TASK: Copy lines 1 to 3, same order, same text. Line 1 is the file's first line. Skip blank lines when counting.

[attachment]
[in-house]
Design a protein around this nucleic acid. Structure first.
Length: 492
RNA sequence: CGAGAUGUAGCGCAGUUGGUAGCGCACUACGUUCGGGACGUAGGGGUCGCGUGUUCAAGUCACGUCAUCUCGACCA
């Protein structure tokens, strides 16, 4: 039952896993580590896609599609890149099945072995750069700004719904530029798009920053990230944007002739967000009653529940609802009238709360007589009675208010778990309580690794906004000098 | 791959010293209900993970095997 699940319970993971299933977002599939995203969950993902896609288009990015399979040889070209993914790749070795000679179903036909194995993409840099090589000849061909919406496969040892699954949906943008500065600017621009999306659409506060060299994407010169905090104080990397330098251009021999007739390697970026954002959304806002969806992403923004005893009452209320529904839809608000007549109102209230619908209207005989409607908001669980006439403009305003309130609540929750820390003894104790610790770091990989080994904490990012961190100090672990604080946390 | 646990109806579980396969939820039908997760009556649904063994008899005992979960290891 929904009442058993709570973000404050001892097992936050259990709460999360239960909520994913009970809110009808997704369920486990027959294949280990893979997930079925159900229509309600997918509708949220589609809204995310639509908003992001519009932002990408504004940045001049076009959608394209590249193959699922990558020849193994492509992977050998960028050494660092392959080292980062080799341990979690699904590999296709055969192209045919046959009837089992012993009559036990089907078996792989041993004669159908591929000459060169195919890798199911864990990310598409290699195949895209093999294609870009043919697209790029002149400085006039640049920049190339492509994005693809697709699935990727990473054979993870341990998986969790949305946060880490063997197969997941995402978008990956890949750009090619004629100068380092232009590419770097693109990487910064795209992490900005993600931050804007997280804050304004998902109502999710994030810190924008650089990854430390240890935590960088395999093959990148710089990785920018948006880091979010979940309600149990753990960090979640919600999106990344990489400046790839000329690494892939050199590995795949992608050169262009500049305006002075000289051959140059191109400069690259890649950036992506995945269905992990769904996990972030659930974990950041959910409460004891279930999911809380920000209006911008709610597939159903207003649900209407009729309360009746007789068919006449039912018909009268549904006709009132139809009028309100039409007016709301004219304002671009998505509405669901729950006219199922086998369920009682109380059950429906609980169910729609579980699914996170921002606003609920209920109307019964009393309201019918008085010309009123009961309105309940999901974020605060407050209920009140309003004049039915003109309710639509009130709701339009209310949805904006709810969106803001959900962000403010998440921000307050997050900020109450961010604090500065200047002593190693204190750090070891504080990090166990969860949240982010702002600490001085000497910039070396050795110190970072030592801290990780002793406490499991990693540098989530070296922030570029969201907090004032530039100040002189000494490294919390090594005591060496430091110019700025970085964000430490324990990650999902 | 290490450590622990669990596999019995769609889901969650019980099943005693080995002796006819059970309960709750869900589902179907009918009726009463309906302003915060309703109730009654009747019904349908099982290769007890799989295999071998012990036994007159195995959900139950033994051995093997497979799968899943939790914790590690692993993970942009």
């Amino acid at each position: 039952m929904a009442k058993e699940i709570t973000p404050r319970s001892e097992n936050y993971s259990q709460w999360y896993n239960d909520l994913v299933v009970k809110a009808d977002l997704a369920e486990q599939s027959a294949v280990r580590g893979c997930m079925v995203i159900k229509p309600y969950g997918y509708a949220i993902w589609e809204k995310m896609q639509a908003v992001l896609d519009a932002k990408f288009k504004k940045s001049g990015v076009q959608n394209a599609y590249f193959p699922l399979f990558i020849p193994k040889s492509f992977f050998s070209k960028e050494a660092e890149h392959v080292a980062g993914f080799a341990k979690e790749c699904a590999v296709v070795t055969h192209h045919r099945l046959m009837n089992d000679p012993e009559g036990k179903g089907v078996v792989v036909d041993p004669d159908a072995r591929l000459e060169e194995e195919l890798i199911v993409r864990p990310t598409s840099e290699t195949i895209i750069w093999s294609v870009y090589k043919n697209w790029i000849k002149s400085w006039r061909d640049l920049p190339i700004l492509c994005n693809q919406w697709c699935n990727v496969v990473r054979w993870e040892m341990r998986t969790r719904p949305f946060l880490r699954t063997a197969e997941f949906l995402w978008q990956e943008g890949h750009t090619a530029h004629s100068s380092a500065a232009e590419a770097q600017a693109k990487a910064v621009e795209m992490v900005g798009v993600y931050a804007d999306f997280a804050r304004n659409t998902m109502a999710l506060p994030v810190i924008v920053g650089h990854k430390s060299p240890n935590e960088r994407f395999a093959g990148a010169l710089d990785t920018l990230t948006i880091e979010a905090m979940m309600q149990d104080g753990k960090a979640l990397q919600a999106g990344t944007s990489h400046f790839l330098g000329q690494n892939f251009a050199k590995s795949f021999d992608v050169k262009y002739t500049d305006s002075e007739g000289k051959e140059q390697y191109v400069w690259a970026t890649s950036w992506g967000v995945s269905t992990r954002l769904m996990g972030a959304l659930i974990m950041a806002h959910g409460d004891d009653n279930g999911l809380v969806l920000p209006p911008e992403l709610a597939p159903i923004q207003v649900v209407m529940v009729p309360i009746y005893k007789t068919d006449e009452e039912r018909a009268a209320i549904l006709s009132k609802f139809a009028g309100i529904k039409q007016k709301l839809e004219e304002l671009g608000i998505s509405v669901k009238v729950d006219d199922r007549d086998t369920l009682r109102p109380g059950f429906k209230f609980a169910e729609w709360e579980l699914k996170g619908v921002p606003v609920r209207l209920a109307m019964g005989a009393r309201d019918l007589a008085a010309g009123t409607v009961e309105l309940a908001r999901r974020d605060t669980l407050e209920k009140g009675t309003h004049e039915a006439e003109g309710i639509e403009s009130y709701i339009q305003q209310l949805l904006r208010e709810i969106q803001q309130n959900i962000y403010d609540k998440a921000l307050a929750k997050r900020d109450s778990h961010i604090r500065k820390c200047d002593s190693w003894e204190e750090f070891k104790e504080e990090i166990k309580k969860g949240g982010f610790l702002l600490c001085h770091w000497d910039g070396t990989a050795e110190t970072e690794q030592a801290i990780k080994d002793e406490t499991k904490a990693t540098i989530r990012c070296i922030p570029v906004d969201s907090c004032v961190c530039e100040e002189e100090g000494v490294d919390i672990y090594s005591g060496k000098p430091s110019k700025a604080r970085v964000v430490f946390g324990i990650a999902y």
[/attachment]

[in-house]
Design a protein around this nucleic acid. Structure first.
Length: 492